Leafs suffer loss in St. Louis against Blues

Toronto Maple Leafs right wing Phil Kessel (81) handles the puck as St. Louis Blues defenseman Jay...

Toronto Maple Leafs right wing Phil Kessel (81) handles the puck as St. Louis Blues defenseman Jay Bouwmeester (19) defends during the first period at the Scottrade Center Dec 12, 2013, in St. Louis, MO. (Jeff Curry-USA TODAY Sports/Reuters)

LANCE HORNBY, QMI Agency

, Last Updated: 11:15 PM ET

ST. LOUIS - The Maple Leafs and Blues hold the two longest current Stanley Cup droughts in the NHL.

Just a few minutes into Thursday’s game, it became clear which team has the better chance of qualifying for a chance to end it next spring.

With a murderous string of games against the Western Conference contributing to a slump of 3-9, the Leafs are nearing the danger line of a .500 record and falling from a playoff spot in the East. The balanced Blues, meanwhile, led by ex-Leaf Alex Steen’s 35 points in 30 games, hung on for a 6-3 win to stay near the top of their competitive loop.

A 3-0 pit that drove James Reimer from the net before the first period ended, un-did the good work the Leafs exhibited the night before against Los Angeles. Now they face another imposing task on Saturday, with Stanley Cup champion Chicago swaggering into the Air Canada Centre.

“This is a tough stretch for us right now, but also a good test,” said centre Jay McClement before the game.

But Western teams are taking that measuring stick and using it to beat the tar out of Toronto most nights. Overall, the Leafs can’t generate even-strength goals beyond their first line and struggle to defend.

“We got out of focus and we have to get back,” McClement added. “That (the close loss to the Kings) is definitely the kind of game we have to get back to. We’re all at a loss as to why we can’t do that for a full game more often.”

Not only did the Leafs waste some tremendous goalkeeping from Reimer and Jonathan Bernier the past few weeks, both men are feeling the strain. Reimer was abandoned on Thursday, but also lost his stick on a key goal. Then, Bernier gave up two, including Steen’s 22nd as he shadows Alex Ovechkin for the NHL lead.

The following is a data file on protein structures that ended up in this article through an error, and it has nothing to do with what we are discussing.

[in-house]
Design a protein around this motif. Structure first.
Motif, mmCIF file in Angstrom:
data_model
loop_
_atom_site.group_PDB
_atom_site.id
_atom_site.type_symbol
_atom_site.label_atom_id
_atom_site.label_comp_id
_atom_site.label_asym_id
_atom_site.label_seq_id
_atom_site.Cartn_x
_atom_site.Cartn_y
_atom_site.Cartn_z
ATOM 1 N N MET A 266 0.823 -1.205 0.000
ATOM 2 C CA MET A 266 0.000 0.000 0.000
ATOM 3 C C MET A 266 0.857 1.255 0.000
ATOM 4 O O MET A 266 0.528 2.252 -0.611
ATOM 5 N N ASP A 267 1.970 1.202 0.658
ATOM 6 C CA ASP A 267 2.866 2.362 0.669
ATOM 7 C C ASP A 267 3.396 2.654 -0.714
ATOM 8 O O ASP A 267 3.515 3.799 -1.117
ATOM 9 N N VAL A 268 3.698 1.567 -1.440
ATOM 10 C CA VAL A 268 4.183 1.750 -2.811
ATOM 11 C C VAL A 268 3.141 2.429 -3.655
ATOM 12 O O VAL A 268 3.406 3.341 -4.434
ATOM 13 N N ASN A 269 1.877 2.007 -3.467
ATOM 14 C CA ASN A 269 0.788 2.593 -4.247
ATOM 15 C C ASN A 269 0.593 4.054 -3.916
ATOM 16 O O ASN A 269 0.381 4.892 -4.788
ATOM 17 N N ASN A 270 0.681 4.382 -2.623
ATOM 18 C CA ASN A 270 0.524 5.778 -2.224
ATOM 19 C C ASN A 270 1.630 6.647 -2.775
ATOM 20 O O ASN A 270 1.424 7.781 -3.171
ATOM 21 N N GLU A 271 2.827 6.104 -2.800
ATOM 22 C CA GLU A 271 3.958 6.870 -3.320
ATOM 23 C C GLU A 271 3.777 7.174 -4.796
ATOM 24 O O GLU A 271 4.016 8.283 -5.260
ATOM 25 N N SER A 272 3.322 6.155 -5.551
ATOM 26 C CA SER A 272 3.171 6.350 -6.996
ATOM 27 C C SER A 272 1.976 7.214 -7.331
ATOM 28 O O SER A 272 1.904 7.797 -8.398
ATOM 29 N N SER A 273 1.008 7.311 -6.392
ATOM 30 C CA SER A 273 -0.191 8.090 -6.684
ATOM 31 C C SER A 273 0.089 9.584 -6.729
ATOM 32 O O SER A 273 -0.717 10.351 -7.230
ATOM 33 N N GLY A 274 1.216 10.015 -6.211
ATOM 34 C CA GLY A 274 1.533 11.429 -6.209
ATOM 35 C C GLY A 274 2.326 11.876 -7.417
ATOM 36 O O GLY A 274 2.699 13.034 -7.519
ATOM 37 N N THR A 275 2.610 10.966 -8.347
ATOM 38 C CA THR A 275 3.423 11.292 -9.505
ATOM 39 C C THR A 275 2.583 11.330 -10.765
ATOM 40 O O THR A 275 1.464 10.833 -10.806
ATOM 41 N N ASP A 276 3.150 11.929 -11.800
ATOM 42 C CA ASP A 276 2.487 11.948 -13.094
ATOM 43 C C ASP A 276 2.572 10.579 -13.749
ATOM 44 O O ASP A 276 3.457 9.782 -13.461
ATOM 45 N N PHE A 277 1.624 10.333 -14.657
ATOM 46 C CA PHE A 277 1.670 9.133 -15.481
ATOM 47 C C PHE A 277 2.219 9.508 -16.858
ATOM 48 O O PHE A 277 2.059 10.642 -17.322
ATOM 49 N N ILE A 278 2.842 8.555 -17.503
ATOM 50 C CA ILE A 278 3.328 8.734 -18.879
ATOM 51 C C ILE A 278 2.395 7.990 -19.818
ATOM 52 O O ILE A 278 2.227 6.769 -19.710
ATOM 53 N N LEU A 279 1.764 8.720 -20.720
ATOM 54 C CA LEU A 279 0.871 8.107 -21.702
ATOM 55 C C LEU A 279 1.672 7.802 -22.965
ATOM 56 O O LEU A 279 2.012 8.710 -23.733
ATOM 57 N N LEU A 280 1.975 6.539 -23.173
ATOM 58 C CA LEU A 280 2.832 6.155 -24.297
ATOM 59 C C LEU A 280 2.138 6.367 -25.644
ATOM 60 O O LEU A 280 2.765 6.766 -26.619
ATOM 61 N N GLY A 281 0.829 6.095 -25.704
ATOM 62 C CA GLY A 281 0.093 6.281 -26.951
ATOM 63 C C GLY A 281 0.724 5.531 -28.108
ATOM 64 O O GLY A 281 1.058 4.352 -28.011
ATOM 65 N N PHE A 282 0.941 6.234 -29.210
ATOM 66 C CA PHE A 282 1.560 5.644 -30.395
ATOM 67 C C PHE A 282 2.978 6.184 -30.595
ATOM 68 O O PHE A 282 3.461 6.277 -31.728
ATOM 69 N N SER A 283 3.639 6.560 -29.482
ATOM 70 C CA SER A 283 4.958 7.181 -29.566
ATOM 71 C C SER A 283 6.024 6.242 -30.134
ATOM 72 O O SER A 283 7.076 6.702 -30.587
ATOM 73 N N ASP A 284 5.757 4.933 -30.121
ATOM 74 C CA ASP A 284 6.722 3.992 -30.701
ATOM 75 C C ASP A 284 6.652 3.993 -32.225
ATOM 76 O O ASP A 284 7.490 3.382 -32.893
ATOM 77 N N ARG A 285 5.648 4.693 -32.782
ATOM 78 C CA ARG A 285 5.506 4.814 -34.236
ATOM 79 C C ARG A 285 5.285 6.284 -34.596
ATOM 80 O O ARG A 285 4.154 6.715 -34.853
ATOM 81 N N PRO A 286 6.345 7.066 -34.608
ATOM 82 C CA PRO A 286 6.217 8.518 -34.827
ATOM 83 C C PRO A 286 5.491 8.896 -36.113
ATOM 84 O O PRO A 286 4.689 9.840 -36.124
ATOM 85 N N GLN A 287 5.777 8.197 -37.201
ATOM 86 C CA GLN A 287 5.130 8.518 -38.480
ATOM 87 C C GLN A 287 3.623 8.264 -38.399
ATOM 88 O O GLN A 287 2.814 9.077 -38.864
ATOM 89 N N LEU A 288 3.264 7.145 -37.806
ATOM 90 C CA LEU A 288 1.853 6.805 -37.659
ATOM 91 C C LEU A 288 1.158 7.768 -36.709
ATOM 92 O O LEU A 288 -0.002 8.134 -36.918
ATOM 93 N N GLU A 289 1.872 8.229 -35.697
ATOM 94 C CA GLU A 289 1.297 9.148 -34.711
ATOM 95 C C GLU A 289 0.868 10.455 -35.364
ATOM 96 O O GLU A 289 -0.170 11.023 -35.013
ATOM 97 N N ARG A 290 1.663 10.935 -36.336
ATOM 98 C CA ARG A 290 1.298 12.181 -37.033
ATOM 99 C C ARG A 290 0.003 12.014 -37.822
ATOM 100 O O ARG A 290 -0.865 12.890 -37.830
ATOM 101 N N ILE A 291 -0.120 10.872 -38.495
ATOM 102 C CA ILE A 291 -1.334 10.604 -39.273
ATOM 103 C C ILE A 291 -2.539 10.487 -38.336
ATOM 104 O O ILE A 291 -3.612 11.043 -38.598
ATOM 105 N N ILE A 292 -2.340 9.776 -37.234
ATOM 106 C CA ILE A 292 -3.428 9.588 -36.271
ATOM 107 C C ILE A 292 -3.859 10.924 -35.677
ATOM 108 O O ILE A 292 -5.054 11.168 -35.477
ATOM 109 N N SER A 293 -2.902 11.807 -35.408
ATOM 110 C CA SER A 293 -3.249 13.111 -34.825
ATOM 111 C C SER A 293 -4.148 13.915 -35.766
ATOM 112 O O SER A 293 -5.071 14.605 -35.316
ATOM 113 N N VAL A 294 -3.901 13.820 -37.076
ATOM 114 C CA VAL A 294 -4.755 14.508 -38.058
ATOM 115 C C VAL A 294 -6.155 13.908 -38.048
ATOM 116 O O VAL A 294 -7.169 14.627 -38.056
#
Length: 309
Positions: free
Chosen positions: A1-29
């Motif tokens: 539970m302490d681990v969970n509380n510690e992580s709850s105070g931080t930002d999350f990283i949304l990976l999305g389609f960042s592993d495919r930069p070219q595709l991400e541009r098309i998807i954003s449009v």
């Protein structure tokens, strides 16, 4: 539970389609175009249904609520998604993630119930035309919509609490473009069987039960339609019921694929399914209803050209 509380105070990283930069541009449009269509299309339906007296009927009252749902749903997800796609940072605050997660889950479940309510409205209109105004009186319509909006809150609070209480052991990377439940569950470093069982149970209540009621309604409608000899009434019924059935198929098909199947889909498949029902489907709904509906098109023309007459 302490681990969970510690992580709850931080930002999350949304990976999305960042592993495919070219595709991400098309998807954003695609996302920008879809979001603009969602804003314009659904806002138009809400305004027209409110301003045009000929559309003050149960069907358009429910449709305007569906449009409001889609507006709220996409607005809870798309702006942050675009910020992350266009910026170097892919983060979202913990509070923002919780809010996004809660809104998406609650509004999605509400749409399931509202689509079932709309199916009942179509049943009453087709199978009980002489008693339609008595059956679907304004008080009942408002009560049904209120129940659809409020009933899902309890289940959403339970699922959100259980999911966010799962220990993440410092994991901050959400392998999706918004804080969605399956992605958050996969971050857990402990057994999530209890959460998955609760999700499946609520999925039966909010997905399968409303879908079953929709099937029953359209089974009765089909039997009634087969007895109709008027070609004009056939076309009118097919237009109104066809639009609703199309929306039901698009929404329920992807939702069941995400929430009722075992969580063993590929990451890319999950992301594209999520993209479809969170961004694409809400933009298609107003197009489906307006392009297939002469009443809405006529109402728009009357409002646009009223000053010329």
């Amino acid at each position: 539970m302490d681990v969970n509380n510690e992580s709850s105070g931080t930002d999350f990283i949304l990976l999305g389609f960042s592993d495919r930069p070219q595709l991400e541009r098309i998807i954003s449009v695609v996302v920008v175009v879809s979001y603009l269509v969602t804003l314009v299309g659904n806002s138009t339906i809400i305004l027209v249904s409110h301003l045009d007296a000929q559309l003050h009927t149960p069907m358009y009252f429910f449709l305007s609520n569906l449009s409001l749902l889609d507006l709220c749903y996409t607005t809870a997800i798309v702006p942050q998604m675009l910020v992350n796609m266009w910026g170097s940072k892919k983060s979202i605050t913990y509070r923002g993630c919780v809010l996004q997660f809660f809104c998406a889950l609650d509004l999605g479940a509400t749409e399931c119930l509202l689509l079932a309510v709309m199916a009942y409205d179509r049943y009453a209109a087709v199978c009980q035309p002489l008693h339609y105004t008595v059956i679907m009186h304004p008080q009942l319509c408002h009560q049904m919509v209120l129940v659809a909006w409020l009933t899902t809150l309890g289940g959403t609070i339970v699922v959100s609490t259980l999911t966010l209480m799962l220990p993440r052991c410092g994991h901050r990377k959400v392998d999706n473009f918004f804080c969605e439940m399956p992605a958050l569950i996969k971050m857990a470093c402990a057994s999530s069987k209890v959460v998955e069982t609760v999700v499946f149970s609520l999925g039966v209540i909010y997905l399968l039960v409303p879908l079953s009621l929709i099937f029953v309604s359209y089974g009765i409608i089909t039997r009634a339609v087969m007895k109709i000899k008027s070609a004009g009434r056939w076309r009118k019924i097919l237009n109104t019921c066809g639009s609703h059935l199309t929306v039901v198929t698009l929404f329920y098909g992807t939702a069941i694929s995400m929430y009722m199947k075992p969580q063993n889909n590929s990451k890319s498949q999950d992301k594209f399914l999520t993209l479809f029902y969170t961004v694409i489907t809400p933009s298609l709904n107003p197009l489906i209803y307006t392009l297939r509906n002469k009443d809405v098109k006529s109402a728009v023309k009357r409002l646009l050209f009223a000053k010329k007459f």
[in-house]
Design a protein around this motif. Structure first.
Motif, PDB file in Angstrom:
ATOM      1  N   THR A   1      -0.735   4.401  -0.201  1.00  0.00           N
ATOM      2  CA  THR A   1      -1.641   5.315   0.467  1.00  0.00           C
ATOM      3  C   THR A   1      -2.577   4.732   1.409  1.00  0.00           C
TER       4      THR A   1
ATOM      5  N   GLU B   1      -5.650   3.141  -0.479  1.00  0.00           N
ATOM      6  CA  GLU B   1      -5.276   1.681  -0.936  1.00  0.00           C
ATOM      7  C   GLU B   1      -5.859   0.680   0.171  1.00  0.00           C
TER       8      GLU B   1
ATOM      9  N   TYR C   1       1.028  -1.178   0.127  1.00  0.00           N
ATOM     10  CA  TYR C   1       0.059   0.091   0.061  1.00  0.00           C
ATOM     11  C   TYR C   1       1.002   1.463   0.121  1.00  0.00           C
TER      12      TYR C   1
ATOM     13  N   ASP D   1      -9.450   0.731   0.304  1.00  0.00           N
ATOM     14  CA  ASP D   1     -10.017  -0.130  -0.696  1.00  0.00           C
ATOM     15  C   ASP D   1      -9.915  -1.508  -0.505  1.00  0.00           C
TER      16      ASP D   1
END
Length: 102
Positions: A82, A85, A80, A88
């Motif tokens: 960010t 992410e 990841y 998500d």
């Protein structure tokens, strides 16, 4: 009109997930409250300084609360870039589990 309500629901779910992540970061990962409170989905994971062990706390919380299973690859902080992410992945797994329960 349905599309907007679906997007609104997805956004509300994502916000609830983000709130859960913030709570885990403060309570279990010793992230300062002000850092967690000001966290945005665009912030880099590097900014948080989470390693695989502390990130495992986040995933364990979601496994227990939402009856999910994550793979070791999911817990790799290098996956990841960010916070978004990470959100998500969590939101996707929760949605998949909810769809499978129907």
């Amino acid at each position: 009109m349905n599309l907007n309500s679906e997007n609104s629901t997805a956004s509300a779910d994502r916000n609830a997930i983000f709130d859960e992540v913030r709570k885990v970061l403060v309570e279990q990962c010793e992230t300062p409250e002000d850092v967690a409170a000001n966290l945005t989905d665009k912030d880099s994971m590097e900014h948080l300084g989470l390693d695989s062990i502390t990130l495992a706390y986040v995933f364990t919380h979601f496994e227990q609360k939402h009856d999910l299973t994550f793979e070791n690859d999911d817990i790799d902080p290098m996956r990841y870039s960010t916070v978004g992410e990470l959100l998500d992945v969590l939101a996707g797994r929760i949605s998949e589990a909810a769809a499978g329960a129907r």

Where to start dissecting the first-period fizzle? It was understandable the Leafs would be flat after the way the Kings’ game ended, as well as the travel, lack of a morning skate and a second game without workhorse defenceman Dion Phaneuf. But they couldn’t force any pucks past the Blues pickets at the start and St. Louis had the run of the rink at the other end.

Morgan Rielly and Jake Gardiner showed their green side again against the Blues’ best line, giving Steen time to find David Backes for a snap over Reimer’s glove. With Phaneuf returning on Saturday from his suspension, Rielly could be bound for Canada’s world junior camp.

Reimer has had trouble in the past hanging on to his paddle and never gets burned, but Thursday was different. He lost it in a far corner of the Scottrade Center after stabbing at a dump in. Though the Leafs got the puck out briefly, he decided not to risk retrieving it before the Blues came back with numbers. He did stop Jaden Schwartz’s first attempt, but with nothing to protect the five-hole, the rebound went through.

In the interim, Phaneuf’s partner Carl Gunnarsson took a heavy shot from a Blues point man in his upper body and didn’t finish the period, while Reimer ended up slinking down the runway after Derek Roy scored another easy one. Gunnarsson returned to start the middle period, but the Mark Fraser-Paul Ranger tandem wasn’t up to the task of slowing the Blues and the duo was out of position when Stewart scored again.

Toronto had a brief window to get back in the game, when Nazem Kadri put a weak one through Brian Elliott for his 10th of the year and the Leafs went right to a power play. But St. Louis held fast and David Clarkson took an over-aggressive head shot minor to disrupt the rally. The Blues hit the last of their four posts/crossbars, keeping their three-goal lead into the third, where Steen struck again before Nikolai Kulemin and James van Riemsdyk put a scare into the home team with four minutes to play. Backes eventually sealed it with an empty netter.

Clarkson did come close on a couple of occasions around Elliott and drew Roman Polak into a lively bout at the end of the second, but was also called for a post-whistle slash in the third. At least he’s showing some passion as the Leafs sleep-walk through December.


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